That actually makes a lot of since and its probably my fault as I enjoy training and I am still used t Smokey he will go for an hour enthusiastically until he gets it. He works for the praise not food or toys. I thought I was slowing down with him. Didn't realize they should be that short.
I think that learning to quit when you're ahead can actually be one of the hardest things to get as a trainer, so don't feel bad. It's really easy to do, because we look at training differently than the dog does.
Your goal should be to end every training session on a good note, and ideally with the dog wanting more. So that means that if Chief is starting to really get it and seems interested and excited, stop! You won't want to, because you're thinking, "Woohoo, he's finally getting it! Look how much he's enjoying it!" And he is...but then he'll lose focus or get overwhelmed and you wind up quitting when he's not really that into it.
If you quit when he's excited, then the next training session is going to make him think of that. He'll approach it from a happier standpoint--"Oh, I remember this! That was so much fun!"
If you quit when he's not excited but not cowering yet, at the next session he'll be like, "Oh, this. Okay." And he'll get into it, but you're starting from a lower level of interest so you have further to go to get him really engaged.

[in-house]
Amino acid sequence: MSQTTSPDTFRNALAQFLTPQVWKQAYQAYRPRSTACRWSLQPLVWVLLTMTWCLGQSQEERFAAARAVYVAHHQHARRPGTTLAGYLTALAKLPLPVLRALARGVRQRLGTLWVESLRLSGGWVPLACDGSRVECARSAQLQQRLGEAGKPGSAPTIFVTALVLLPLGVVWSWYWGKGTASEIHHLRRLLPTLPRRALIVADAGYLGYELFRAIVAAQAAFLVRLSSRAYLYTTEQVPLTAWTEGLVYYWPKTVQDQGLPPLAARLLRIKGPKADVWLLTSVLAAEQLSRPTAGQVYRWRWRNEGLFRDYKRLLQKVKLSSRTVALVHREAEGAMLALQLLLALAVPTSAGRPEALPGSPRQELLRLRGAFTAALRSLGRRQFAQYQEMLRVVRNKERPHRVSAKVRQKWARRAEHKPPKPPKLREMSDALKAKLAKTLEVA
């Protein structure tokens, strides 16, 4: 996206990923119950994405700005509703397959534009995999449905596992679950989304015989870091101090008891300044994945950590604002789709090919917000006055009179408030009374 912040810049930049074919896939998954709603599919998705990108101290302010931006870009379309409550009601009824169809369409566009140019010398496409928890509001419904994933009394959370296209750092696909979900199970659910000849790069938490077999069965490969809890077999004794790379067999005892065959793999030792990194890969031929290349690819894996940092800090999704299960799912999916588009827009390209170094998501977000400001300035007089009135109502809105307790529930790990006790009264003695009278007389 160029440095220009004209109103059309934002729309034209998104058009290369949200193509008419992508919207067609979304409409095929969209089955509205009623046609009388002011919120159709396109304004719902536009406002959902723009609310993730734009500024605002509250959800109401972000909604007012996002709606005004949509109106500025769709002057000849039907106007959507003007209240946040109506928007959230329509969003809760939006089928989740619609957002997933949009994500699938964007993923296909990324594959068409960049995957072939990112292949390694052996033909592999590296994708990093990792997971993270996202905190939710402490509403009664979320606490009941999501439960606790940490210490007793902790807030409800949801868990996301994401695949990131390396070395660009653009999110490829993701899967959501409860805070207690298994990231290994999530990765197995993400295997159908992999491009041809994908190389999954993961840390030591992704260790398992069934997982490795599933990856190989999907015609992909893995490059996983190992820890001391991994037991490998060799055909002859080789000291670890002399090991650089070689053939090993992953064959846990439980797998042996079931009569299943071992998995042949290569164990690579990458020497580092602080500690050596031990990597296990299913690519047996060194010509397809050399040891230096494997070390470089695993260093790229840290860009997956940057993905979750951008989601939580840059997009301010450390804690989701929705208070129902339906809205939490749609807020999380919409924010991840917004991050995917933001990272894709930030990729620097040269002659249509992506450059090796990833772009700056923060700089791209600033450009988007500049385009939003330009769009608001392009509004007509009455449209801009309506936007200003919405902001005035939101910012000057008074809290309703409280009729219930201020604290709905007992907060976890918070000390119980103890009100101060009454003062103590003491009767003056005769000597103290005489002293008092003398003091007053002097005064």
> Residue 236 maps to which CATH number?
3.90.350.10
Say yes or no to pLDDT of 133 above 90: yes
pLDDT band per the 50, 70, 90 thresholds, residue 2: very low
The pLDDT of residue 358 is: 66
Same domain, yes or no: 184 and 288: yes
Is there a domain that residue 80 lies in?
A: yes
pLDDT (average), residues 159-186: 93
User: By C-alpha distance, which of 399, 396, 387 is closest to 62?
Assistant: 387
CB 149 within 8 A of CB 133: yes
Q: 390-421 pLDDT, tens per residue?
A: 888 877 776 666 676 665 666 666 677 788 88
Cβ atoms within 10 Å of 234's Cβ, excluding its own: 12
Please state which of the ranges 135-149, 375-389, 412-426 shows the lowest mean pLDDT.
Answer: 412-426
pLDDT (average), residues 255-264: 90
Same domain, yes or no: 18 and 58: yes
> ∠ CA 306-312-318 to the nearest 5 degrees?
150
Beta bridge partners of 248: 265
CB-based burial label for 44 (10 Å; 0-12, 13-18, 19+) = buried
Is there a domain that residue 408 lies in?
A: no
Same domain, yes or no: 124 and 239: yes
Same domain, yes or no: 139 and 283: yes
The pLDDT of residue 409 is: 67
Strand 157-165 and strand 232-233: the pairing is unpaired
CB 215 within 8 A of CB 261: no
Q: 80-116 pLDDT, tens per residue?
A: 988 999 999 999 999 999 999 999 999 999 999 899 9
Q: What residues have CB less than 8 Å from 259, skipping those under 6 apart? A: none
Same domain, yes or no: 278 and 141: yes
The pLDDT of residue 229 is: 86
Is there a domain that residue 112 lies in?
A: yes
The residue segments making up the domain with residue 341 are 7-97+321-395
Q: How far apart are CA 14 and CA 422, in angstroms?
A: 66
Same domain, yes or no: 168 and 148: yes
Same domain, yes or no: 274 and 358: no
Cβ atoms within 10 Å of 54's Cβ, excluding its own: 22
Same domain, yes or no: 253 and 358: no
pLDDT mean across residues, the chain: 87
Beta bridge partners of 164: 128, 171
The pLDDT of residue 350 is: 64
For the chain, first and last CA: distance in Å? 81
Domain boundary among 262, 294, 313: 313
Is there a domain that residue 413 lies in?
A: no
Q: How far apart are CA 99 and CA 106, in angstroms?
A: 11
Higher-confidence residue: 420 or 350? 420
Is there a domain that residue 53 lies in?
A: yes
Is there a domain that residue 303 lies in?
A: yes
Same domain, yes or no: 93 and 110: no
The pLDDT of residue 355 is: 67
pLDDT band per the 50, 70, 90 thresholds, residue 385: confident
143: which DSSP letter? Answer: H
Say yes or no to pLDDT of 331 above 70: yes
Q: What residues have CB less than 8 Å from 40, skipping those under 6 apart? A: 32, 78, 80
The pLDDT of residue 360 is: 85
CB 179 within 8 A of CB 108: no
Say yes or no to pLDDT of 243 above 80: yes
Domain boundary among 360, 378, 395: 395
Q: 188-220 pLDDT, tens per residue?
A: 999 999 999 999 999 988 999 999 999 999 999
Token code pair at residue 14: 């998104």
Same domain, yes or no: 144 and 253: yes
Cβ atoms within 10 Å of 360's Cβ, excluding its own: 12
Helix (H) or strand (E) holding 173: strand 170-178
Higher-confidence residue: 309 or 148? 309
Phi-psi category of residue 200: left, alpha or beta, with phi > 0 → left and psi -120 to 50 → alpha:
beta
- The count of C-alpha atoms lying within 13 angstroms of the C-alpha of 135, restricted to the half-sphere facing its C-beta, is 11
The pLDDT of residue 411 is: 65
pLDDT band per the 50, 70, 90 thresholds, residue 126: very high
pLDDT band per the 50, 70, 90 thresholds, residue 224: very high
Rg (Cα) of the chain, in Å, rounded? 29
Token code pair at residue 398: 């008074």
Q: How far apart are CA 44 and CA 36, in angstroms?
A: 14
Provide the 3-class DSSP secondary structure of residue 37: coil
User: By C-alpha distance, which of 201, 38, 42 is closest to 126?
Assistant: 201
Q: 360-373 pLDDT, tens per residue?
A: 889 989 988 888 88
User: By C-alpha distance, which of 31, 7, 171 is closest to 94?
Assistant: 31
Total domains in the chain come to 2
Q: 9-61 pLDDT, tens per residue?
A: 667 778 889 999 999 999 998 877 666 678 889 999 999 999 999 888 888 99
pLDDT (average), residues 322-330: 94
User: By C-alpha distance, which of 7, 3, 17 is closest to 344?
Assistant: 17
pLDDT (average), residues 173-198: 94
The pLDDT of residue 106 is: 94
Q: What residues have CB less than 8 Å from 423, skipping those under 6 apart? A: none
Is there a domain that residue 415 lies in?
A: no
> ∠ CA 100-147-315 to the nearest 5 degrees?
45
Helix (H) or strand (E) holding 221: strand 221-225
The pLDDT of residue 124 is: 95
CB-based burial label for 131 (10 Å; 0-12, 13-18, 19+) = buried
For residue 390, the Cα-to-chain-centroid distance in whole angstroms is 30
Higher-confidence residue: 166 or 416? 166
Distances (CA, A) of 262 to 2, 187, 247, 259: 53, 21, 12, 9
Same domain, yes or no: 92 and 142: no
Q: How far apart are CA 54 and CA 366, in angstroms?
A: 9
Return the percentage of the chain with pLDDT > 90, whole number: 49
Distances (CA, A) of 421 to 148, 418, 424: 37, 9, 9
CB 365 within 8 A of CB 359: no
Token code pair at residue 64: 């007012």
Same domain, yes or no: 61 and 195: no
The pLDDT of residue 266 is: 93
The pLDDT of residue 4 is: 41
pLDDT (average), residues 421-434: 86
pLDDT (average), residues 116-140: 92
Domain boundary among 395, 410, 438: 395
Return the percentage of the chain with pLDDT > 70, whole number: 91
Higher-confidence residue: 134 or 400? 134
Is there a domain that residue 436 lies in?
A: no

And if you quit when he's cowering (which at that point is the only option, of course), the next session will start with him unsure and scared, and you're basically starting over each time.
So that's the mindset you need to work on--end every session at a point that is going to set you up to start the next session in a good place! And remember, we're talking very short periods of time here right now.
If you do make a mistake and go too long, don't get upset about it either. Just try to learn from your mistake and remember that you have plenty of time to make up for it. Also, pay close attention to his body language when you work with him. I would be surprised if he really melts down out of nowhere--most likely, he is giving you some subtle cues that he is getting stressed out. They can be really difficult to see, but if you learn to read his body language really well, you can hopefully stop before he becomes so overwhelmed that he has to cower for a long time.
Also, I love clickers for fearful dogs like Chief. It mostly just takes practice to get the timing right.